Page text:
Shooting has been a challenging task as the entire pre- and post-production has been done on the Net. The crew, which included 25 Indians and the actors, travelled to New York and the shooting was completed in 25 days flat.

But Tanuja had to start on pre-production two- and-a-half months before the actual shooting as everything was being done via the Internet. She finalised the cast, locations and even set design sitting in Mumbai.

“The producers sent me minute details about the locations in New York. They also sent the exact measurements of the windows so we could organise the curtain material from India. And when we landed in New York, it was the first time that I met the producers,” she says.

Despite the complications, working on the film was fun and the new possibilities opened by technology were an eye-opener. “From sound design to colour correction to changes in the scenes, everything happened on the Net and I used to send extensive notes to the producers after looking through it. Their style is very rigid and meticulous as they edit and re-edit scenes and show the film to test audiences a number of times. After collating all the suggestions, they finally come out with the final version,” she says.

Chandra has the reputation of being concerned about women’s issues and letting it show all the way in her movies. “I have very strong women protagonists in all my films. But I don’t agree that being a woman director, I should get some concessions,” she says.

Even though her mother was the scriptwriter for films like Premrog, Chandni and 1942: A Love Story, Tanuja found her own way through the industry. She started her career in television and directed the popular Doordarshan serial Zameen Aasman in 1993.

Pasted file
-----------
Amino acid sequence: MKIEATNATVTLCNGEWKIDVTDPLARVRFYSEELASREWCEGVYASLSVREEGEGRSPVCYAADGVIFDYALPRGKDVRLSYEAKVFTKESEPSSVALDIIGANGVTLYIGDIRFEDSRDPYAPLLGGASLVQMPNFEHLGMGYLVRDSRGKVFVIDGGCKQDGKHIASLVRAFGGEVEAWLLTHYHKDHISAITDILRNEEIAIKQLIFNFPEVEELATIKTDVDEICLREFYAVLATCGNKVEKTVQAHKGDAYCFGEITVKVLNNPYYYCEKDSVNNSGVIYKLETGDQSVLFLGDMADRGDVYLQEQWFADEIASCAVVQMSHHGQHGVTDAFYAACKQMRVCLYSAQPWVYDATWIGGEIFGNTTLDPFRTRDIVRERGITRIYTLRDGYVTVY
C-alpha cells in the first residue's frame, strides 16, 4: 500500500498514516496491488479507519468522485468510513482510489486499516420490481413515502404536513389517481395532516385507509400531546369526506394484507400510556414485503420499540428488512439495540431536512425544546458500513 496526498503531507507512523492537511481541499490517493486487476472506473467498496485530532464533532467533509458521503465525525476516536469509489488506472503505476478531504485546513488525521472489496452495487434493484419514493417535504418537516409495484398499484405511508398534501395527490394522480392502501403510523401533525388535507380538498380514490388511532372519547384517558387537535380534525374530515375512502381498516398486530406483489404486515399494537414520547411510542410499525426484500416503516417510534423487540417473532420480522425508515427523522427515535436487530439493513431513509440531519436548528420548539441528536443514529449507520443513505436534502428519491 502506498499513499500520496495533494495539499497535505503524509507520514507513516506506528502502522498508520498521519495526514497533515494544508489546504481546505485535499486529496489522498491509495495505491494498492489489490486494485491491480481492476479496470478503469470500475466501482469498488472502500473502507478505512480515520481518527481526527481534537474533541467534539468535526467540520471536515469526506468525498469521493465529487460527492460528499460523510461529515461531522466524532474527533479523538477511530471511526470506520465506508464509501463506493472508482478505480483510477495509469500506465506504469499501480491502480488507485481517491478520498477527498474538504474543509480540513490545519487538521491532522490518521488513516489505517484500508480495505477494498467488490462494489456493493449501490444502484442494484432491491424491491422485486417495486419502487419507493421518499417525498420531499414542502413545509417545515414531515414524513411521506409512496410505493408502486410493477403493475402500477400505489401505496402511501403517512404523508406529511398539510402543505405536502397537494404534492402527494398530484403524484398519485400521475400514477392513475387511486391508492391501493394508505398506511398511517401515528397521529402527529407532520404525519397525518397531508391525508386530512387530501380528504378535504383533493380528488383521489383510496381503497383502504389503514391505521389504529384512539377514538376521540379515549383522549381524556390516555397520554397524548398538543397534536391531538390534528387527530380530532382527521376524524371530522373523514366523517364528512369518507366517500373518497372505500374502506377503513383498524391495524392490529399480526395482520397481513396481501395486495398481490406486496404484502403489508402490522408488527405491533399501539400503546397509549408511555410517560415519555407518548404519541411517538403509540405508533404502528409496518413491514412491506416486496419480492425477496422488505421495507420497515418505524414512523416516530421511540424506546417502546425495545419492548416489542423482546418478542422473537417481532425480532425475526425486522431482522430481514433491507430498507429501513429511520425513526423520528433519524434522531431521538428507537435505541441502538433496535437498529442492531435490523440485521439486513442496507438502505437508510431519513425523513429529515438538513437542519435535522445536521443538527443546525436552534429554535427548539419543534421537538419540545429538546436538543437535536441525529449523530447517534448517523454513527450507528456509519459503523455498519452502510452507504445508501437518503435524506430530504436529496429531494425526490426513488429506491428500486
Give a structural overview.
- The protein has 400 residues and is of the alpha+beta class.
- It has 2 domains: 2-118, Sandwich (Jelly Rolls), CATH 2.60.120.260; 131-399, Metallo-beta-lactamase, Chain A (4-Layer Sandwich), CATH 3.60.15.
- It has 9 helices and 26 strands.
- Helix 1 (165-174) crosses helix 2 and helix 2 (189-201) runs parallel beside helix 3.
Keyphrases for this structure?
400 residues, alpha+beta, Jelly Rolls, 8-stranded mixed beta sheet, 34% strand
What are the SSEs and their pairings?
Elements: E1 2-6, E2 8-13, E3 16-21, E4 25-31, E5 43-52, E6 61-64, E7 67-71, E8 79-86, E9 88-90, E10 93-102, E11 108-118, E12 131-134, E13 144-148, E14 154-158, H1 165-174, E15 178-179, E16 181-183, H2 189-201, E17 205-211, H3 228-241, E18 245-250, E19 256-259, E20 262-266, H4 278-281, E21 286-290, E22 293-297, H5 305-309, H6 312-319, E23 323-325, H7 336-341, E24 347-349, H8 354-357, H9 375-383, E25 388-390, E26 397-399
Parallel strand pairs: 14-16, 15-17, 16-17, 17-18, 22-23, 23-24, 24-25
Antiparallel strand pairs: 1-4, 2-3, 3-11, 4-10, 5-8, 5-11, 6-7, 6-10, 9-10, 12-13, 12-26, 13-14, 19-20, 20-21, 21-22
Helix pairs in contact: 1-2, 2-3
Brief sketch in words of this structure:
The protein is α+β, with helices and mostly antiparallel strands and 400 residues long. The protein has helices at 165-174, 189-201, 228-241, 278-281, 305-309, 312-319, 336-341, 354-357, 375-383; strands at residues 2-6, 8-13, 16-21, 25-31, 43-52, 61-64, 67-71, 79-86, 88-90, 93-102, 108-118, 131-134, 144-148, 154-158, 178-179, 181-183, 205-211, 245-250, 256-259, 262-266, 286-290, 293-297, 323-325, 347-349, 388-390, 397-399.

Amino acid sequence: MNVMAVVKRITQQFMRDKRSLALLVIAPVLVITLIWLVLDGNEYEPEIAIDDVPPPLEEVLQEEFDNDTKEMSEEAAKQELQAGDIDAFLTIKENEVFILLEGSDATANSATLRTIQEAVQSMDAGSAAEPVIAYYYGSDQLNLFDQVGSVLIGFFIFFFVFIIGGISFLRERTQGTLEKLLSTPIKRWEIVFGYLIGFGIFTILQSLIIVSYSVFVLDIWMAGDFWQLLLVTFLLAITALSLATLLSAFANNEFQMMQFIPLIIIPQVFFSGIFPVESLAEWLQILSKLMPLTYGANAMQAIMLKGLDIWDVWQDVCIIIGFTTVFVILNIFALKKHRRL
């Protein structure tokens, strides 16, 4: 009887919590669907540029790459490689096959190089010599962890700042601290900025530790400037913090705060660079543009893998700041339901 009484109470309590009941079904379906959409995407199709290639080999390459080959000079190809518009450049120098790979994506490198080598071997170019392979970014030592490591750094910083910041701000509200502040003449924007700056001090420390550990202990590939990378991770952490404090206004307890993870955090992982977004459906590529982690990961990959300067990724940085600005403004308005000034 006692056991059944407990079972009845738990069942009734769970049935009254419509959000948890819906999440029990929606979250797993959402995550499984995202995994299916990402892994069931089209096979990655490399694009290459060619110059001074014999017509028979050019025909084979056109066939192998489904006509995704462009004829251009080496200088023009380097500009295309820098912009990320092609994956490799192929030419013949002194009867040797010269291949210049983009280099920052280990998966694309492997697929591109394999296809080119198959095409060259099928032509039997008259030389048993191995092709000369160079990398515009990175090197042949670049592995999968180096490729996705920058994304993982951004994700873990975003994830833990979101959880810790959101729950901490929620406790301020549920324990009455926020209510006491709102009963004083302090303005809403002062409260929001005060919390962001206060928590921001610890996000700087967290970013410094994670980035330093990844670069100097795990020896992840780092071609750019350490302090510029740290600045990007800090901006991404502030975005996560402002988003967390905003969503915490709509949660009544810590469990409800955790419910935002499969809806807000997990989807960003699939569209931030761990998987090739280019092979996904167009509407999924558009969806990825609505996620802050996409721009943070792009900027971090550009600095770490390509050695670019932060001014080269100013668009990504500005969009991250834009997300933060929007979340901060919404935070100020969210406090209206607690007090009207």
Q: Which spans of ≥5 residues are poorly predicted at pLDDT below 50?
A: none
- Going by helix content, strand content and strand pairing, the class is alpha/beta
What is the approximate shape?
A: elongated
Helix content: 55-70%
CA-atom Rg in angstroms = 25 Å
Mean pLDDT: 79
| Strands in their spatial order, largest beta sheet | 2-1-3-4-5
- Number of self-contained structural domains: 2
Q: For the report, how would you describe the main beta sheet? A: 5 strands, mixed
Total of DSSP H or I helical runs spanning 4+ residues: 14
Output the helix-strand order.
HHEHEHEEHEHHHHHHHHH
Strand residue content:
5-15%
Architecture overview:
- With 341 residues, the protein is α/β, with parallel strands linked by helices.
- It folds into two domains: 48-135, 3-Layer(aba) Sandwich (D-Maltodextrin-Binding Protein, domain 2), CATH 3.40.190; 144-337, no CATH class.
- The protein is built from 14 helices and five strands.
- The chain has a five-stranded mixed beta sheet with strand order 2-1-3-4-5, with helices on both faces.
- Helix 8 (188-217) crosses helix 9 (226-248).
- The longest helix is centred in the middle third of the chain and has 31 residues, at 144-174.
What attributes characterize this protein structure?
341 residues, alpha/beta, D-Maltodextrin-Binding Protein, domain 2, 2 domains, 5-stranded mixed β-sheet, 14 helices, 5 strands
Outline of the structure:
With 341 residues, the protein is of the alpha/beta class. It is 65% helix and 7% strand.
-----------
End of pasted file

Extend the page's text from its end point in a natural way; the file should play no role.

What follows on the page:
She followed it up with another serial, Musafir but left it in-between to become an assistant script writer with Mahesh Bhatt and co-wrote films like Tamanna and Zakhm. She also co-wrote the film, Dil To Pagal Hai that established her reputation as a scriptwriter of repute.

Then, she made her debut as a director with Dushman in 1998 starring Sanjay Dutt and Kajol and produced by Pooja Bhatt Productions. After the success of Dushman, she went on to direct films like Sangharsh (1999), Sur (2002), Yeh Zindagi Ka Safar (2003) and Filmstar (2004).

But why hasn’t she made any movies after Filmstar? That was partly because Zindaggi Rocks was delayed. Also she was working on two films simultaneously.

Even though she has carved a niche as a director, Tanuja says that writing is something that is close to her heart. It is only when she’s wielding her pen that she feels completely in charge. And, of course, her family is a constant support. “Though both Vikram and Vinod are preoccupied with their own professions, they are my pillars of strength,” she adds. Chandra insists that she’s a homebody who loves nothing better than spending time with her sister, Anupama’s kids.

What’s next? Tanuja wants to make commercially viable films with good storylines. “I’m still learning as a director.” But that isn’t the bottomline she says: “Be it as a director or scriptwriter — the only criterion should be to do memorable films.”

Photograph by Gajanan Dudhalkar